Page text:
- name: Setup Pages
        id: pages
        uses: actions/configure-pages@v1

      - name: Checking Jekyll configuration
        run: bundle exec jekyll doctor

      - name: Build with Jekyll
        # Defaults output to '/_site'
        run: bundle exec jekyll build --baseurl ${{ steps.pages.outputs.base_path }} --profile --trace
          JEKYLL_ENV: production

      - name: Upload artifact
        # This will automatically upload an artifact from the '/_site' directory
        uses: actions/upload-pages-artifact@v1
        if: ${{ success() && github.ref == 'refs/heads/main' }}
          path: ./_site/

      - name: Cleaning up
        run: bundle exec jekyll clean

  # Deployment job
    name: deploy
      name: github-pages
      url: ${{ steps.deployment.outputs.page_url }}
    runs-on: ubuntu-latest
    needs: build
    if: ${{ github.ref == 'refs/heads/main' }}
      - name: Deploy to GitHub Pages
        id: deployment
        uses: actions/deploy-pages@v1
        if: ${{ success() }}

The above workflow can be explained as the following:

  • We trigger the build using on.push condition for main branch only.
  • The name of the job matches our YAML filename: github-pages.
  • The checkout action takes care of cloning your repository.
  • We specify our selected action and version number using actions/deploy-pages@v1. This handles the build and deploy.

Providing permissions

The action needs permissions to push to your GitHub Pages site. So you need to setup a GitHub Pages build and deploy source profile.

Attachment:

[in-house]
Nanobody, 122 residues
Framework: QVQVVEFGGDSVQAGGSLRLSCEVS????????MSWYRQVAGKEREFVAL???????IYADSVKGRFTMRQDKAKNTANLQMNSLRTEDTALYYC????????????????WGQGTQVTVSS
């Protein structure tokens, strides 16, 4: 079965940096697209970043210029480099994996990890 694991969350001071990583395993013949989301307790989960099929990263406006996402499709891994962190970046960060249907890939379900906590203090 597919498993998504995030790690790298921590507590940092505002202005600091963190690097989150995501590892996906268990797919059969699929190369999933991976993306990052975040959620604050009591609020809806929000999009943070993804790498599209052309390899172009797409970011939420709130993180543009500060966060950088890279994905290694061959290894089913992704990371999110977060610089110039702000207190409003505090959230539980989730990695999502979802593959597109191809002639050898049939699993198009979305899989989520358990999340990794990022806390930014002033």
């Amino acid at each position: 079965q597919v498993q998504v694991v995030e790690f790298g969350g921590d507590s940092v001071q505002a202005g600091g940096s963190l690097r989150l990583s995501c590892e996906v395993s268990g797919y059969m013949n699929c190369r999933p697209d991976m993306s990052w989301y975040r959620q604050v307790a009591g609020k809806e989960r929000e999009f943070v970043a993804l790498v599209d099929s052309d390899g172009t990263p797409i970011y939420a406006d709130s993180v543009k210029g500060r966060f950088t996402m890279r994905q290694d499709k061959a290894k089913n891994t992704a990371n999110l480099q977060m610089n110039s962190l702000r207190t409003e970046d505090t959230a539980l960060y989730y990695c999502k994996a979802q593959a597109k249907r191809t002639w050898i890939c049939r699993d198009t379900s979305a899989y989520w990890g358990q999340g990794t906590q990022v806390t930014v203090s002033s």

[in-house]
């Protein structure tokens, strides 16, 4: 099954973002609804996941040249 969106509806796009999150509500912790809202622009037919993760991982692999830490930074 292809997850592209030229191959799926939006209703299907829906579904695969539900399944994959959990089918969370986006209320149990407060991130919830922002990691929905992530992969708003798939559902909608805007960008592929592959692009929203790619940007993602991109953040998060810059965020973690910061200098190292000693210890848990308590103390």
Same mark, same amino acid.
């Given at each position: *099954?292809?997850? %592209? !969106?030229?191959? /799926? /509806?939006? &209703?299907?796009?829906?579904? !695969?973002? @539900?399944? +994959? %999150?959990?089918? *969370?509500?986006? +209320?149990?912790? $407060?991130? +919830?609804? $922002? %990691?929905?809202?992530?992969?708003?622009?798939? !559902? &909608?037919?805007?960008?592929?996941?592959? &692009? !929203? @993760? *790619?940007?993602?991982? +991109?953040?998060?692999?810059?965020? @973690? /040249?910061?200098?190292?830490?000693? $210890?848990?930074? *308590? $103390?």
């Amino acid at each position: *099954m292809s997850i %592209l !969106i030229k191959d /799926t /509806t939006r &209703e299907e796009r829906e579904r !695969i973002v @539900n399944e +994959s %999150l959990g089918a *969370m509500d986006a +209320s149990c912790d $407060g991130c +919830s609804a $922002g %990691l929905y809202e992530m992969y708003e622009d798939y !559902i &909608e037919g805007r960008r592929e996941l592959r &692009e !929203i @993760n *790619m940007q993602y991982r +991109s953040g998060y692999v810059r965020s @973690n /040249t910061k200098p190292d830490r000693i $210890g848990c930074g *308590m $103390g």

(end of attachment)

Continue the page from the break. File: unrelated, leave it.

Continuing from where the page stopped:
To configure your site to publish with GitHub Actions:

  • On GitHub, navigate to your site’s repository.
  • Under your repository name, click Settings.
  • In the “Code and automation” section of the sidebar, click Pages.
  • Under “Build and deployment”, under “Source”, select GitHub Actions.

GitHub Pages - Custom GitHub Actions Workflows (beta)

Build and deploy

On pushing any local changes onto main, the action will be triggered and the build will start.

To watch the progress and see any build errors, check on the build status using one of the following approaches:

  • View by commit: Go to the repository level view in GitHub. Under the most recent commit (near the top) you’ll see a status symbol next to the commit message as a tick or X. Hover over it and click the details link.
  • Actions tab: Go to the repository’s Actions tab. Click on the workflow tab.

If all goes well, all steps will be green and the built assets will now exist on the GitHub Pages site.

On a successful build, GitHub Pages will publish the site build on the GitHub Actions. Note that you do not need to setup a GitHub Pages, as the action will take care of this for you. (For private repositories, you’ll have to upgrade to a paid plan).

To see the live site:

  1. Go to the environment tab on your repository.
  2. Click View Deployment to see the deployed site URL.
  3. View your site at the URL.

When you need to make further changes to the site, commit to main and push. The workflow will build and deploy your site again.

Be sure not to edit the GitHub Actions workflow, as any changes will be lost on the next successful deploy from the Action.

Further resources: